Return of the what? I didn’ t even know anything was missing ! I hear you say… Let me elaborate:
In older versions of Moodle there was a question type called “Random short-answer matching” It was like the matching question type except that the answers to be matched actually came from previously made short-answer questions. It stopped working three years ago and has only just been fixed (thanks to French Moodling quiz enthusiast Jean-Michel Védrine) This week the question type has been put back into Moodle, so if you have the lastest Moodle versions, 2.5.5 and 2.6.2, you will be able to use it.
Many people however only started using Moodle recently and won’t even know of is prior existence. So this post is just to explain it and introduce it. Jean-Michel has added some detailed documentation on the Random short-answer matching question type.
If you have Moodle 2.5.5 or Moodle 2.6.2 then when you add a quiz question you will see this new type available:
There are two things to be aware of. (1) You can’t just add this question and make it there and then, like any other question type, because you need first to have some short-answer questions pre-made and (2) those questions need to be connected in some way, share a theme.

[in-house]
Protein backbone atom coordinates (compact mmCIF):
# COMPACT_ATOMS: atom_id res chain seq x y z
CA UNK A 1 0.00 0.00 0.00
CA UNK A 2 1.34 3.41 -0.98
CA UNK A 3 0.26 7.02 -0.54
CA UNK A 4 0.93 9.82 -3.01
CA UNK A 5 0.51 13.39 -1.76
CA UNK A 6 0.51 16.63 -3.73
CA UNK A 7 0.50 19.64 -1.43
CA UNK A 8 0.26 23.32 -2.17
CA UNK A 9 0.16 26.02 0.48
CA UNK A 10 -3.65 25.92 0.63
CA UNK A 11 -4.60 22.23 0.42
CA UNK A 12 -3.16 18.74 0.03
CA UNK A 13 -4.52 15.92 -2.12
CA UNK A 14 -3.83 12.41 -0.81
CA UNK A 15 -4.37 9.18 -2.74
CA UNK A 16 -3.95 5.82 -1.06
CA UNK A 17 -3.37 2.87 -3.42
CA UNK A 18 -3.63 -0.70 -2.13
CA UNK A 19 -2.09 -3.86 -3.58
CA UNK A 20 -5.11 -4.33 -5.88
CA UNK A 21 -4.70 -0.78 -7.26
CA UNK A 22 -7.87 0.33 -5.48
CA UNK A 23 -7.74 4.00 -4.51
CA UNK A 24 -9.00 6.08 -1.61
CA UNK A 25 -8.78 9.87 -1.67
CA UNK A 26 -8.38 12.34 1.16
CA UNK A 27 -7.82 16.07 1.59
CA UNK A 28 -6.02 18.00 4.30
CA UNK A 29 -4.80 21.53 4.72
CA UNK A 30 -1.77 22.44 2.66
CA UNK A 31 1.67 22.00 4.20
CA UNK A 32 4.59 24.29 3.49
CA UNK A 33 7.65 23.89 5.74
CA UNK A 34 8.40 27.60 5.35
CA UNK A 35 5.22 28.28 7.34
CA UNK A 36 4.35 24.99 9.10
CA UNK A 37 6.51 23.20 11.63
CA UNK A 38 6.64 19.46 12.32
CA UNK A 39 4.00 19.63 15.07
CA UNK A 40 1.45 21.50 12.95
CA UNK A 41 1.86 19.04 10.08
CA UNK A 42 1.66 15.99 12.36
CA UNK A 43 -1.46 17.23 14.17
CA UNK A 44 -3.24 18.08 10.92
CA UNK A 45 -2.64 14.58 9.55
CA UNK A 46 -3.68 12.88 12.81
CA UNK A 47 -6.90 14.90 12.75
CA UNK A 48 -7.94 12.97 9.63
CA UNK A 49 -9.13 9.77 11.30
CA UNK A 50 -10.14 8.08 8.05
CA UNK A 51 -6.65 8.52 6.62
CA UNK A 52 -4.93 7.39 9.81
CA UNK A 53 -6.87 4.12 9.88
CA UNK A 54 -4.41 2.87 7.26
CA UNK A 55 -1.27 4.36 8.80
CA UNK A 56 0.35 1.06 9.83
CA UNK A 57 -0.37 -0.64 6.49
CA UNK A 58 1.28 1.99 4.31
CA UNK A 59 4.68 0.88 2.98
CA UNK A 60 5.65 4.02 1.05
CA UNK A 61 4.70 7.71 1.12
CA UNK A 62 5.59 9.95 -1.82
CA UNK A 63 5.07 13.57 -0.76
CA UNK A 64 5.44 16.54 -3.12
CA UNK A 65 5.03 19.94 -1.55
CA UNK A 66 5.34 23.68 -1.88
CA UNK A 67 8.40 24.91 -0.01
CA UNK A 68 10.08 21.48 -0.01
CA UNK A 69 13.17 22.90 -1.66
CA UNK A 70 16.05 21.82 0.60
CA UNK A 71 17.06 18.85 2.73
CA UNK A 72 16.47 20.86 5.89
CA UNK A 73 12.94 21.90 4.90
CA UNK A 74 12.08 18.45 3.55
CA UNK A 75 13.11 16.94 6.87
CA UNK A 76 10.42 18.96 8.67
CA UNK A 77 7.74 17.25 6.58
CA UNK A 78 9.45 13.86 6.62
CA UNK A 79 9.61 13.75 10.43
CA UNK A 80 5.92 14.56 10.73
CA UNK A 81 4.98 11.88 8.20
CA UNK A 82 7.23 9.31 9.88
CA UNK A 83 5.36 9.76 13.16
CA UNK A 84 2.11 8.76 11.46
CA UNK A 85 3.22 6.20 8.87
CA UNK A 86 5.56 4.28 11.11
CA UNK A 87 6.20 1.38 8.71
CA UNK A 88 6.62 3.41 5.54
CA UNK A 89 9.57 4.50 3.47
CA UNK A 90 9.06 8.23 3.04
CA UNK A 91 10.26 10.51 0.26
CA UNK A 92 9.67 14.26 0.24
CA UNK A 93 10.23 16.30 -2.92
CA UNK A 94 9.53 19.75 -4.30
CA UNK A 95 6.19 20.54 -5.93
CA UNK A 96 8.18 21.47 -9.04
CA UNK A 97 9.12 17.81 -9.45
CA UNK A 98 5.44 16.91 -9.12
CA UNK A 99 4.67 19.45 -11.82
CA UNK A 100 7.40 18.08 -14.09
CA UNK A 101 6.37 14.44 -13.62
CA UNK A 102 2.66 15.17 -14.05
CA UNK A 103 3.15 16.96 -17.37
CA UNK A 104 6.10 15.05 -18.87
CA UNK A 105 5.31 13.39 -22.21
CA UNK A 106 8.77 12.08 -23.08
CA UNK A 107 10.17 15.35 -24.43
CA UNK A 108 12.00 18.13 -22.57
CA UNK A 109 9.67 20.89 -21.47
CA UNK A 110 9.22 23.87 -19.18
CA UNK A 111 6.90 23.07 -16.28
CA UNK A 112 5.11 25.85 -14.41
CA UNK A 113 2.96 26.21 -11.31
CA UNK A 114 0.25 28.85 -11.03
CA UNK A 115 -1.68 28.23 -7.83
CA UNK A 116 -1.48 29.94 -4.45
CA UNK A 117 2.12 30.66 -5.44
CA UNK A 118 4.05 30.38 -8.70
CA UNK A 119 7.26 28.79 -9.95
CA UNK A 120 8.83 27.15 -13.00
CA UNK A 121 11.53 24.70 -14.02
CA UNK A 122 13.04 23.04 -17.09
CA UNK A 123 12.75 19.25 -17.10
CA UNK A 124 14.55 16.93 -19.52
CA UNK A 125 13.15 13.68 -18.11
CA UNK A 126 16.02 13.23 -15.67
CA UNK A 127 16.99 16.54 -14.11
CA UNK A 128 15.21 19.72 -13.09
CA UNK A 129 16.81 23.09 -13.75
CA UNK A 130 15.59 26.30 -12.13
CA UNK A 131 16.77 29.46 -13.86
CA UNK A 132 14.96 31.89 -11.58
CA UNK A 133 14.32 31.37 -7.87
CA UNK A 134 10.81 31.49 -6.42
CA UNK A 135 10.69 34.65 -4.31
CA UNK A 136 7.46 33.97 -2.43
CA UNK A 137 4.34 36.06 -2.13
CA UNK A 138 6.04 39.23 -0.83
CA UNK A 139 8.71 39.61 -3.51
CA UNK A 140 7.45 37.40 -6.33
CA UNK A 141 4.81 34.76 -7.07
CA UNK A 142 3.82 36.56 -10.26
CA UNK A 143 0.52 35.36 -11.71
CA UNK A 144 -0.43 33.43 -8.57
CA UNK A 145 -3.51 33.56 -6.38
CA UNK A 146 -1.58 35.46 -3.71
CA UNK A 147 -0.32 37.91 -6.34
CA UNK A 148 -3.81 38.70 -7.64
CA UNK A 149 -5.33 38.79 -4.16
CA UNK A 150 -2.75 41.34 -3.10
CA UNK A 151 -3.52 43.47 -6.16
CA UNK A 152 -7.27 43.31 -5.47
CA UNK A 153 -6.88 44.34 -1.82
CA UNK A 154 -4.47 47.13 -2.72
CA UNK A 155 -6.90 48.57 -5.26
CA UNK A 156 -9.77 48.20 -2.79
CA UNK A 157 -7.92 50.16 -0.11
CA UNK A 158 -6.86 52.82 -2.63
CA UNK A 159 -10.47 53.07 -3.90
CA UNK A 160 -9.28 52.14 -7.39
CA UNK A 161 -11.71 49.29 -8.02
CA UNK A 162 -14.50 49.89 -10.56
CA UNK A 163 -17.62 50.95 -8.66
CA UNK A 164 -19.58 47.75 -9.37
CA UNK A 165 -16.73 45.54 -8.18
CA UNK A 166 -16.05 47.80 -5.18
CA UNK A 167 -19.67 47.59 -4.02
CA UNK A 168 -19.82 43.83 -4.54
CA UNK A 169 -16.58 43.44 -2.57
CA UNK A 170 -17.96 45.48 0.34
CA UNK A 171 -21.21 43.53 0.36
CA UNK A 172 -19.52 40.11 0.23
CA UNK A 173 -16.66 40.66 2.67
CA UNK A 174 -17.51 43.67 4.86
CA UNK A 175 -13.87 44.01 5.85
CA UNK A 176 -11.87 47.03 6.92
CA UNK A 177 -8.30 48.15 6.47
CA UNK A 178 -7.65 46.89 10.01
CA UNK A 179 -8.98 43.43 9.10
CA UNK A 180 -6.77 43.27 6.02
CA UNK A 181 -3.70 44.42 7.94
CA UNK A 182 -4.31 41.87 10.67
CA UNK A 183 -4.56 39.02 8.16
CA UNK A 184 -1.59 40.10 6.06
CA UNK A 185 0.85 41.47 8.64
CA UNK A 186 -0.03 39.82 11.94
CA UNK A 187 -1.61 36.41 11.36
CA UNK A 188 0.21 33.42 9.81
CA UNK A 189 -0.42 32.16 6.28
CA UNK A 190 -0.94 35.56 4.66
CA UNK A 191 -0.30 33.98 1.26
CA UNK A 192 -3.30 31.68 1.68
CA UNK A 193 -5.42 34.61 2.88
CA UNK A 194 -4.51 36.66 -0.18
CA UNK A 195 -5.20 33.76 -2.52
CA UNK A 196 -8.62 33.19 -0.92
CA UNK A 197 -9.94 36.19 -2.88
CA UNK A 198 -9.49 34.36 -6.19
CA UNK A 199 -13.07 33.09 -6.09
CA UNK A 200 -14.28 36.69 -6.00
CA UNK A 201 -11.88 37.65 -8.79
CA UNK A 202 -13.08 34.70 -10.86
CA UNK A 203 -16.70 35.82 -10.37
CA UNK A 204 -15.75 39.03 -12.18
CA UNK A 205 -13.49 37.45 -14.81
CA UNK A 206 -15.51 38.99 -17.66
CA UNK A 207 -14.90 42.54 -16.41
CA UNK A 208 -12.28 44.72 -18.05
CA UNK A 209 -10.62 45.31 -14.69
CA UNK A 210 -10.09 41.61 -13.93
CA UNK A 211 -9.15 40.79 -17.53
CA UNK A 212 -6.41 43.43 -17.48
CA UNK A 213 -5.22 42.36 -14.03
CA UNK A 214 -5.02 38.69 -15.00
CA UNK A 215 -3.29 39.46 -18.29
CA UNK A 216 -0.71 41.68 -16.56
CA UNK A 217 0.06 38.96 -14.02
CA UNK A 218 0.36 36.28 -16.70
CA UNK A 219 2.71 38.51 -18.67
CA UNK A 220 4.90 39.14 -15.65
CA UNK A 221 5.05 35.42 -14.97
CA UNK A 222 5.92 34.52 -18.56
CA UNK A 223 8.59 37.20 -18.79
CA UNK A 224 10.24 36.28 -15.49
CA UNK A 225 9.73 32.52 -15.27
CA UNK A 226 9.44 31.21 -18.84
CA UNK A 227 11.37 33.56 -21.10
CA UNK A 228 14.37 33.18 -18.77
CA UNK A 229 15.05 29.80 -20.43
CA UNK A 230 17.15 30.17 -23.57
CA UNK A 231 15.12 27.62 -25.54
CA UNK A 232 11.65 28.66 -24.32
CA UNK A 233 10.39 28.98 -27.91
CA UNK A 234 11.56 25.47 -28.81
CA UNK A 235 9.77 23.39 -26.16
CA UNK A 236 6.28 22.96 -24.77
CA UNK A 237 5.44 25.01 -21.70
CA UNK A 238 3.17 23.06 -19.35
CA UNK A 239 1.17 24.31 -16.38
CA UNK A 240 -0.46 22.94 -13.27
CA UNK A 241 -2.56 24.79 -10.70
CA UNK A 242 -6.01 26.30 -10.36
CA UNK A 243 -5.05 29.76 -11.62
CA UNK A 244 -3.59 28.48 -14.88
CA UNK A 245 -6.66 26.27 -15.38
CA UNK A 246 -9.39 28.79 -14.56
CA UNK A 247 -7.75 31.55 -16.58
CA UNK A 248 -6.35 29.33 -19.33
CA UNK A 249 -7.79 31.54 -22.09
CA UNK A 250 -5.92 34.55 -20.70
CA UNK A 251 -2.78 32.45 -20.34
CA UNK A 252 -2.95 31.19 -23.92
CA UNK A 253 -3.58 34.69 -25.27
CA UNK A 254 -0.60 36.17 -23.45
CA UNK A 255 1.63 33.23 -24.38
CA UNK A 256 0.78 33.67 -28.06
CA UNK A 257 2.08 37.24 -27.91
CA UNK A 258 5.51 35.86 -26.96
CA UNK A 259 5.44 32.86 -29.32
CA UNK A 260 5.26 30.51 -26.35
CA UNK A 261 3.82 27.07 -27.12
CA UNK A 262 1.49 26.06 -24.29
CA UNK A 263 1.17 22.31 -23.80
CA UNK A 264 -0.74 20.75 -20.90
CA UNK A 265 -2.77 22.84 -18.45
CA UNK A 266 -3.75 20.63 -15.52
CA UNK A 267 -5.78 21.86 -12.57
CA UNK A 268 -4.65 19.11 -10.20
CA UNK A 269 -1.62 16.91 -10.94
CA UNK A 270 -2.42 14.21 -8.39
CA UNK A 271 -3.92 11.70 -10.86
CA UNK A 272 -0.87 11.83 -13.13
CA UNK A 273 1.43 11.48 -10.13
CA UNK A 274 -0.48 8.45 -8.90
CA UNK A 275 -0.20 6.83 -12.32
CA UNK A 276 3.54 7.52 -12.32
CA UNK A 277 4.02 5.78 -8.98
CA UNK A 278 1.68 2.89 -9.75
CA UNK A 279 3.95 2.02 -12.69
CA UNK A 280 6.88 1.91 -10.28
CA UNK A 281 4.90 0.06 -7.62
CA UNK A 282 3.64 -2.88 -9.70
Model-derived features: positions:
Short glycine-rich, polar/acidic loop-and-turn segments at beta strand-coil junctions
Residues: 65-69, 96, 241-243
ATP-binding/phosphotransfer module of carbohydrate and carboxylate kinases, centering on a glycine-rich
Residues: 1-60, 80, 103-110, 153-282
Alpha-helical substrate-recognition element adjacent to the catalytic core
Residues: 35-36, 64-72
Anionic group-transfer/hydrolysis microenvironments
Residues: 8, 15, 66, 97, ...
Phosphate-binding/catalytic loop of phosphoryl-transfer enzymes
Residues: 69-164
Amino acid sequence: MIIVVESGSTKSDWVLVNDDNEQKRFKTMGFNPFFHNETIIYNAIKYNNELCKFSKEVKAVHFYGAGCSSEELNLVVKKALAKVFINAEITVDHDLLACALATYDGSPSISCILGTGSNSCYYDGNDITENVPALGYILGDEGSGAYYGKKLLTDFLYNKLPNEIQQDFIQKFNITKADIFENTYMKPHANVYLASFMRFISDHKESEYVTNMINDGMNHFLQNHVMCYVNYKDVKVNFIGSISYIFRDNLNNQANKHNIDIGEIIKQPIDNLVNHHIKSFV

So I first went to my course question bank and created a sub- category called “Capitals” and I set up some short answer questions on capitals or administrative centres of various parts of the British Isles. Here are a couple, for example:
With this question type, students have to type in the correct name, which I have already spelt out for Moodle. When we, after this, go to set up a Random short-answer question type, we ask a question which refers to all my chosen questions. So previously, students were asked specifically to name the capital of, say Wales, or Scotland. Now they are asked to match the capitals with the answers I had inputted in each question. When you set up the question ,you can choose which category in your course and how many questions you want to include:
So when the student sees the question, they are seeing an amalgam of questions they might well already have answered but in a different form. This time they don’t have to type out the answers; they just have to remember which goes with which in a matching exercise.
So it would work well as a consolidation question, a knowledge testing question, once they had been through the individual steps for example. Do check out the Random short-answer matching question documentation for more details and give it a go